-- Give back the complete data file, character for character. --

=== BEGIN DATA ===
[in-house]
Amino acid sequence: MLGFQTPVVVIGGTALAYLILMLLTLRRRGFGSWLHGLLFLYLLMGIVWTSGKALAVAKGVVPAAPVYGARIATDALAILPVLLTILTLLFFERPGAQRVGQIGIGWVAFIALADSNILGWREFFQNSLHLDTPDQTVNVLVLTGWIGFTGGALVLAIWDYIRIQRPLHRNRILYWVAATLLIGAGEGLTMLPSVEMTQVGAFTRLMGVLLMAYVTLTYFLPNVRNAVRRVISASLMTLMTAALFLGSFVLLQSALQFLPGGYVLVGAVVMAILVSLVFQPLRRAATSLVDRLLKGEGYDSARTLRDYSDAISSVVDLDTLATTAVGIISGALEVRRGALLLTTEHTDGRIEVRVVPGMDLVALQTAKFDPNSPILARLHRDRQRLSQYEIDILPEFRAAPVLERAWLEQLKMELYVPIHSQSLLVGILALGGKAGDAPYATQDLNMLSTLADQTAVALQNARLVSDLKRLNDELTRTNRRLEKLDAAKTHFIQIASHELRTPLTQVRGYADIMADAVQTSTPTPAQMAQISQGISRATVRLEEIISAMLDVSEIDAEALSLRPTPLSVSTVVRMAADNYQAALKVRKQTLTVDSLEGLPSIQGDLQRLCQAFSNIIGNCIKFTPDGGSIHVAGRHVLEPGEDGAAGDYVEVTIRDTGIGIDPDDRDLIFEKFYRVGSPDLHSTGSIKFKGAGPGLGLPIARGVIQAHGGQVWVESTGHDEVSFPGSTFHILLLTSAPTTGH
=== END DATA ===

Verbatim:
[in-house]
Amino acid sequence: MLGFQTPVVVIGGTALAYLILMLLTLRRRGFGSWLHGLLFLYLLMGIVWTSGKALAVAKGVVPAAPVYGARIATDALAILPVLLTILTLLFFERPGAQRVGQIGIGWVAFIALADSNILGWREFFQNSLHLDTPDQTVNVLVLTGWIGFTGGALVLAIWDYIRIQRPLHRNRILYWVAATLLIGAGEGLTMLPSVEMTQVGAFTRLMGVLLMAYVTLTYFLPNVRNAVRRVISASLMTLMTAALFLGSFVLLQSALQFLPGGYVLVGAVVMAILVSLVFQPLRRAATSLVDRLLKGEGYDSARTLRDYSDAISSVVDLDTLATTAVGIISGALEVRRGALLLTTEHTDGRIEVRVVPGMDLVALQTAKFDPNSPILARLHRDRQRLSQYEIDILPEFRAAPVLERAWLEQLKMELYVPIHSQSLLVGILALGGKAGDAPYATQDLNMLSTLADQTAVALQNARLVSDLKRLNDELTRTNRRLEKLDAAKTHFIQIASHELRTPLTQVRGYADIMADAVQTSTPTPAQMAQISQGISRATVRLEEIISAMLDVSEIDAEALSLRPTPLSVSTVVRMAADNYQAALKVRKQTLTVDSLEGLPSIQGDLQRLCQAFSNIIGNCIKFTPDGGSIHVAGRHVLEPGEDGAAGDYVEVTIRDTGIGIDPDDRDLIFEKFYRVGSPDLHSTGSIKFKGAGPGLGLPIARGVIQAHGGQVWVESTGHDEVSFPGSTFHILLLTSAPTTGH